But Beveridge appears impatient to get back among the top teams in the competition.
And losses such as the 61-point flogging the Dogs copped from West Coast at Optus Stadium on Sunday night are an annoying speed hump in that road back to success.
“When we sit in a room post-game and ask ourselves why we couldn’t get a little bit more from ourselves and we go and do some soul searching, we are learning, all the time,” he said.
“They sit there and are quite honest with each other. We are on a journey.
“But I said to them, in this game and in this league, you can’t have a four-to-five-year crystal ball of where you might be.
“It’s now and it’s next year. It’s the immediate future and not long after because of the nature of the free market with players and the movement.
“We have a great environment and our players are unbelievable human beings, great characters and they have enormous integrity. And we want to do well now and there is that impatience. They feel it, which is good and our supporters feel it.
“So we will keep going to the well and look for those hooks to be at our best and beat sides like West Coast.”
But Beveridge is mixing some of those expectations with reality.
Wins over Richmond by 47 points in round seven and the Brisbane Lions by 16 points in round eight would have had the hopes of some Dogs fans elevated.
Those results came after a narrow loss to Fremantle in Perth in round six, that they could have won also.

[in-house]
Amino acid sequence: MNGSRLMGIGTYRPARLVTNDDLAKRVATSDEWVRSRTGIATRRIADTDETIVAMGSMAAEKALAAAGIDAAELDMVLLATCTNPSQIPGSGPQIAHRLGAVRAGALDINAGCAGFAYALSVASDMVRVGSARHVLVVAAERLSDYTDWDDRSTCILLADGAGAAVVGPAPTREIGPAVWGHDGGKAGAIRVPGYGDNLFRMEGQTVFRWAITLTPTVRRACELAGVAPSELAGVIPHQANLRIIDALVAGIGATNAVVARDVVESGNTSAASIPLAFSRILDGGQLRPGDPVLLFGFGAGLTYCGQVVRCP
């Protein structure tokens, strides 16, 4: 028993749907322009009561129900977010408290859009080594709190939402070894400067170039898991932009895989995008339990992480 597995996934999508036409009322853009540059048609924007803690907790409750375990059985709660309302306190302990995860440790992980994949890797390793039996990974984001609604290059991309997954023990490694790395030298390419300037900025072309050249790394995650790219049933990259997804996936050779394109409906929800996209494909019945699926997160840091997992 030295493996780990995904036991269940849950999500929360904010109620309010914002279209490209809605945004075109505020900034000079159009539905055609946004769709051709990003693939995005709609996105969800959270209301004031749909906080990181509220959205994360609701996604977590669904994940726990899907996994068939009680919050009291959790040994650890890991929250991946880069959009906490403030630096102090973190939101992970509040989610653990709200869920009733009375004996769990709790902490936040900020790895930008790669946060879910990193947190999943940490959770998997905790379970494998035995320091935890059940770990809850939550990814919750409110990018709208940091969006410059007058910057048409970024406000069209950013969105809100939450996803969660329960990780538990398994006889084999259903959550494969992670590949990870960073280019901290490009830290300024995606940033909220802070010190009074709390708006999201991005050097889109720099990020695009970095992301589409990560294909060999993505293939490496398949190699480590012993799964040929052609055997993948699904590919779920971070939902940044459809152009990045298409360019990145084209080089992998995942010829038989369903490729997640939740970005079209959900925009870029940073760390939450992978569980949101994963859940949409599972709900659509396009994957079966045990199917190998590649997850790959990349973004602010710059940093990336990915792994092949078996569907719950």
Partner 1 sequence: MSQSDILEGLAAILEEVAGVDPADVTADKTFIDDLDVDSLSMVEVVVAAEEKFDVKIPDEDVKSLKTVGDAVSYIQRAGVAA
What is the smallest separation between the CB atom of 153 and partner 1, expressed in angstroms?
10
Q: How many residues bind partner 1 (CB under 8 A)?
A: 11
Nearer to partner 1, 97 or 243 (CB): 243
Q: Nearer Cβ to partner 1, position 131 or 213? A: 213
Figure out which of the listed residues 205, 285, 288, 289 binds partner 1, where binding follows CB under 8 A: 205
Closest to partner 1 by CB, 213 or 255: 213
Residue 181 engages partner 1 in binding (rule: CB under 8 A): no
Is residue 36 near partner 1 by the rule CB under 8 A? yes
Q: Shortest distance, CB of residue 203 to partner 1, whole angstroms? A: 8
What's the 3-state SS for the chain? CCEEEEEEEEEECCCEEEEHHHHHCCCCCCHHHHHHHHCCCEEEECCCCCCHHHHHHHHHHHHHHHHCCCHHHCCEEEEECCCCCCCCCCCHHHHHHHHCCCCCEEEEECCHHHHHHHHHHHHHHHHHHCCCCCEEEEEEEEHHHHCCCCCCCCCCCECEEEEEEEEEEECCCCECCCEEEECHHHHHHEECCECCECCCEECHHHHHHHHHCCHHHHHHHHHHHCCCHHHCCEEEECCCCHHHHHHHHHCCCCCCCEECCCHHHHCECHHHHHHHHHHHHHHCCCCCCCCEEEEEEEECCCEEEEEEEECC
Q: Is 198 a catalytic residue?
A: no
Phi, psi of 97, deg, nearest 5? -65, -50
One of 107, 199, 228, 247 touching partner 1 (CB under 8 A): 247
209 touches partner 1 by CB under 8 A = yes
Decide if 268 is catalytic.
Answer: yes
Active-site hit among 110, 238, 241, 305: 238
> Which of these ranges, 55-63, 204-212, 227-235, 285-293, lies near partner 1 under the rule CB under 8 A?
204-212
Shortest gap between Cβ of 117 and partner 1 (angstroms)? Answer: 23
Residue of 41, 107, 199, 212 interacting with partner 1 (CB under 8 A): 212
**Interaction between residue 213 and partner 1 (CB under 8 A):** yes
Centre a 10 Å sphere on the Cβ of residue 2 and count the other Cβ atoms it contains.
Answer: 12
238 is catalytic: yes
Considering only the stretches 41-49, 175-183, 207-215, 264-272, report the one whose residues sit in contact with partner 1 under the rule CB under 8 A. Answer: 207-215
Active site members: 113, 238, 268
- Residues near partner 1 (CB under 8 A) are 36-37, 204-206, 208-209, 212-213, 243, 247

But the loss to the Eagles on Sunday was the third this year by more than seven goals.
After the 10-goal loss to the reigning premiers, Beveridge reminded his team just how much work was still required before their success was sustainable.
“I just said to them, the small margins and the gap between where we are and the sides up the ladder … those margins don’t seem that much, but there is a lot there to carve away at,” he said.
“We have to make sure we come back [from the bye] refreshed, energised and ready for the challenges.”
That challenge begins seemingly easily enough, against Carlton in round 13, but the Blues beat the Dogs by 44 points in round five.
The task then gets a bit harder.
Six of the Bulldog’s 10 games after they meet the Blues are against sides that finished round 11 inside the top eight – as well as Fremantle and Essendon, who are both just outside of it.